I thought that the substance of poetry
does not lie in the sound value of the word,
nor in its colour, nor in the metric line,
nor in the complex of sensations, but in
the deep pulse of the spirit; and this deep
pulse is what the soul contributes, if it
contributes anything, or what it says, if it
says anything, with its own voice, in a
courageous answer to the touch of the world.

Antonio Machado
Introductory piece for Soledades, Madrid, 1917

It is this “deep pulse”, I think, this resonance, this courage to put one’s inner-self out there, responding deeply to “the touch of the world”, that has oft-inspirited Angela Locke, a poet friend of mine, with exquisite poems that “came to me complete.”

… so we turn and turn
the atoms of the world in the sea’s hand
in the wind’s hand in form and gravity
and fire
atom and atom
so we love and from our loving
from the drawing of the deep earth place
some god    some creator
some mathematician
draws down

the beginning
of the rose

Angela Locke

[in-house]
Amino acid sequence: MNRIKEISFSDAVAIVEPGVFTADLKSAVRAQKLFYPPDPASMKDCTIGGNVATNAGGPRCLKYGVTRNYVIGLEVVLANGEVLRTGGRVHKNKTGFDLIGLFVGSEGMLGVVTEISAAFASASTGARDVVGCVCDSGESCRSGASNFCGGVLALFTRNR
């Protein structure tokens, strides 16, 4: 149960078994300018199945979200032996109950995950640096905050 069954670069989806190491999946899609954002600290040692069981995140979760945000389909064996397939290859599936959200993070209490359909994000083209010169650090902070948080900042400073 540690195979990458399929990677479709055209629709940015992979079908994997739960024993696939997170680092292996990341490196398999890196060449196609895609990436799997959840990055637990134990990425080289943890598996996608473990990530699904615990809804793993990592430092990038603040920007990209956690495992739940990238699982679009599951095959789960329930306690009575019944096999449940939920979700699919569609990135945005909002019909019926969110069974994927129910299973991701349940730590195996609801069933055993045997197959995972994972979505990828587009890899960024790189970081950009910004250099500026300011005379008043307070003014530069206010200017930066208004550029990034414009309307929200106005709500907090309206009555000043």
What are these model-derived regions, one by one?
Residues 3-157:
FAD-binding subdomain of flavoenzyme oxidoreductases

from Rose and Stone
Whale Language: Songs of Iona

And that is why I come before poetry in reverence and in awe.



Nuestras vidas son los rios,
que van a dar a la mar,
que es el morir. ¡Gran cantar!

“Our lives are rivers
and rivers flow and move to the sea,
which is our dying.” Marvellous lines!

Among the poets I admire
I love Manrique the most.

A sweet voluptuousness of living:
tough knowledge of leaving,
blind flight to the sea.

After the fright of dying.
the joy of having arrived.

Great joy!
But – the terror of returning?
Great grief!

Antonio Machado
translated by Robert Bly

Castilian poet Jorge Manrique was meditating upon metaphors in the 1460’s when he penned Coplas a la muerte de su padre (Verses on the death of Don Rodrigo Manrique, his Father).

Life – like rivers that flow and move to the sea.

I’ve been watching rivers do that this week – keeping company with a poet of the 1400’s, and with another, Antonio Machado, who was born in 1875 and who died in 1939, and with another, Robert Bly, who translated him, and with my wife, and with friends and acquaintances, and with a host of unknown persons, flowing in their hundreds and thousands.

Flowing rivers, all of us, making intricate but temporary little artworks in the constantly washed, and shifting, and warmed white sand. All of us flowing towards the great sea from whence we came. And sometimes in the watching the heart aches for the beauty of it all, and for the poignancy of the departing. But there is to be a joy in arriving, and then, keeping empathetic company with Lazarus, we shall doubt that we want to return.

Poets across the ages unite ages unto eternity.